The busy day began at 12 midnight, not at sunrise.  Midnight found me still hip deep (almost literally) in cleaning up my office, a task that I never truly completed since Steph and Susie gave up trying to use it as a sewing room.  The arrival of the new computer was also the excuse I needed to get to work and finally try to make the office neat.  I’m still Walter Mittyish enough to try and imagine this room many years from now, the entrance door gone, and a cable-thick velvet rope across the doorway, while tourists gape through the doorway to behold the room where HE wrote the…  As I was making this room presentable, I subconsciously had that in mind when I envisioned the finished product.  (TANGENT ALERT:  When my friend Robert Nedelkoff and I toured the Newseum in Washington in March, one of the exhibits we saw was the NBC News office of the late Tim Russert, Meet the Press host.  It wasn’t a pigpen, but there was clutter enough to make it appear that Russert had put in his share of long, sleep-deprived hours there over the years.  Ironically, the Newseum is now the site of ABC News’ This Week Sunday morning program.)

I had enough momentum going that I was reluctant to actually finish the task, even though I knew I was in the home stretch when I began taking bag after bag of accumulated trash downstairs to the big trash cans in the alley behind our house.  I was appalled at how many bottles of flat bottles of Caffeine-Free Diet Pepsi and Sierra Mist I found.  Thank God I don’t smoke, because I would have burned down any of my dwellings long ago.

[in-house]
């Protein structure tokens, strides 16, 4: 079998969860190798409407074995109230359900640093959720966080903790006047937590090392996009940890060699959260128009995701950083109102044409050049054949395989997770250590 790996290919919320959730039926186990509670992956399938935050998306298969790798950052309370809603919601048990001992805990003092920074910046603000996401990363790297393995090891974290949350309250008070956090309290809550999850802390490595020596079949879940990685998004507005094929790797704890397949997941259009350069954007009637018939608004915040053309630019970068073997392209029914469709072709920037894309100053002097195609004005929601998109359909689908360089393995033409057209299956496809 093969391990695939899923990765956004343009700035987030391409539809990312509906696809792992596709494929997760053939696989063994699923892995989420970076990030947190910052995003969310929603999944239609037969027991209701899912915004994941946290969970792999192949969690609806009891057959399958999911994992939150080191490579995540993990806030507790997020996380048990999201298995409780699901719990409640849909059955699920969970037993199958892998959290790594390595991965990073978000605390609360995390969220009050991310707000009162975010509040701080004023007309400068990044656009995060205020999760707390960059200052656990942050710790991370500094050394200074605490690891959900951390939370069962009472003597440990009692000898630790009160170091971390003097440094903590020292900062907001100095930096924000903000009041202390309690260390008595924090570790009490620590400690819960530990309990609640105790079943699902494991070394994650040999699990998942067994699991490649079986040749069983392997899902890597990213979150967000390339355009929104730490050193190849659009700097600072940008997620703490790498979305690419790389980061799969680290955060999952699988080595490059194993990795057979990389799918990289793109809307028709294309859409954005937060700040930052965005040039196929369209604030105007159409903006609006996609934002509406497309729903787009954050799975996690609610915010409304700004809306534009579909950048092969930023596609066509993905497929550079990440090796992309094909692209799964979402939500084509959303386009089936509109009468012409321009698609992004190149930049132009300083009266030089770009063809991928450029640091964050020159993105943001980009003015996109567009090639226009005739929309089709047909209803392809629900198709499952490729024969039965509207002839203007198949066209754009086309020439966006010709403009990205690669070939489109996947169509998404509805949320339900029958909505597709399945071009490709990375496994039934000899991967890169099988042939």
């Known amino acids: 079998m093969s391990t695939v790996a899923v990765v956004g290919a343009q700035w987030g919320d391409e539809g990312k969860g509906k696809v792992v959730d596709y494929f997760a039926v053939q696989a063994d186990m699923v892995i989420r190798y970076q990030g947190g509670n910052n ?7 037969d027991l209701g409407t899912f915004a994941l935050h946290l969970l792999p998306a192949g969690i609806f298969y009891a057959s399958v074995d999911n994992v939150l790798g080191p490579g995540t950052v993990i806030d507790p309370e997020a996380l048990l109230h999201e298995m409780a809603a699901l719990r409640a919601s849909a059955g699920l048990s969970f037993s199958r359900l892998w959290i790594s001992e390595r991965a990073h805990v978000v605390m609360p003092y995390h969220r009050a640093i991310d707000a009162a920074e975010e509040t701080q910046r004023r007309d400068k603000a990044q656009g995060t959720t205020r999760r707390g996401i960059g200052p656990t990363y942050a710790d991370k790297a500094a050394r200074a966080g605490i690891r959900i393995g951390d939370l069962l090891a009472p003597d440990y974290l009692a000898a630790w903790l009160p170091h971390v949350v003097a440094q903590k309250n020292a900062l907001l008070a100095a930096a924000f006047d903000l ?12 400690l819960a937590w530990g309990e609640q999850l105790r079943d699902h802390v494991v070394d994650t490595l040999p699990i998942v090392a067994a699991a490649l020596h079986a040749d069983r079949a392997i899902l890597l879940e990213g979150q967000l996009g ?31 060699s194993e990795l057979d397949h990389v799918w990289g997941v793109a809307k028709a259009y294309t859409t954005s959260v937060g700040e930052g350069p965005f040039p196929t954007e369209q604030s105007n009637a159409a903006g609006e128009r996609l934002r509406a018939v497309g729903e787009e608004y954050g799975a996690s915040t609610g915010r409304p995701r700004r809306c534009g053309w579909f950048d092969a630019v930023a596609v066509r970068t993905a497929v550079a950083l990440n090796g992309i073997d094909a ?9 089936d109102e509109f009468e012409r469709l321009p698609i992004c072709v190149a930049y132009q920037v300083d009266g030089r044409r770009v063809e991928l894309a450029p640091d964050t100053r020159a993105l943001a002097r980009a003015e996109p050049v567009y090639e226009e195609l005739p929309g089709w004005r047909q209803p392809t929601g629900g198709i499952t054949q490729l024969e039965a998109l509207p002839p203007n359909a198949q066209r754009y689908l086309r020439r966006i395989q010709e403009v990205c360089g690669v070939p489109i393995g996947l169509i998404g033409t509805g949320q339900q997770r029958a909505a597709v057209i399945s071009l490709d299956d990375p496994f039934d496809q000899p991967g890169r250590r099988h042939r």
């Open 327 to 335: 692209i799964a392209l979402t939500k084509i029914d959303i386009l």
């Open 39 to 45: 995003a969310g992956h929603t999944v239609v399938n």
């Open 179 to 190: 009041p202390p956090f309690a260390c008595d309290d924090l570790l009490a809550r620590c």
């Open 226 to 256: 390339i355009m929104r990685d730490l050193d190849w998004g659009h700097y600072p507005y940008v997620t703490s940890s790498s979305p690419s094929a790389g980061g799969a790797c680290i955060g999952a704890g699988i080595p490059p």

It was still dark out when I decided to immortalize the moment for posterity.  That meant that I decided to christen the Kodak EasyShare C180 that came as a free gift with the computer.  I posted the finished products directly to Facebook, but I would die before neglecting my Blogspot readers:

The center of operations, featuring my new HP open
on the desk, and the usual overloaded bookcases.

Yes, Virginia, there were reference books before
Wikipedia.  Under Big Boy and the Smith-
Corona Galaxie XII manual typewriter, my New
English Bible occupies a carefully chosen spot.  It
is nestled in between The Art of Fine Words, a tribute
to Arthur Hopkins (1897-1965), who was The Harvard
Crimson‘s head linotypist for 36 years, and the Thorndike-
Barnhart Comprehensive Desk Dictionary.  My logic: The
first printers were monks who produced Bibles, sacred sheet
music, and illuminated manuscripts; the Bible is The Word; and 
the dictionary is all words.

I’m not sure if I tried for the juxtaposition of the
different types of notebooks here.  The plastic
drawers contain MP3 disks of various radio shows,
money order receipts, some rings I no longer wear,
etc.  The screen-saver is a rare picture of a smiling
Mr. Spock (Leonard Nimoy), along with his then-captain, Christopher
Pike (Jeffrey Hunter), from “The Cage,” the original Star Trek pilot–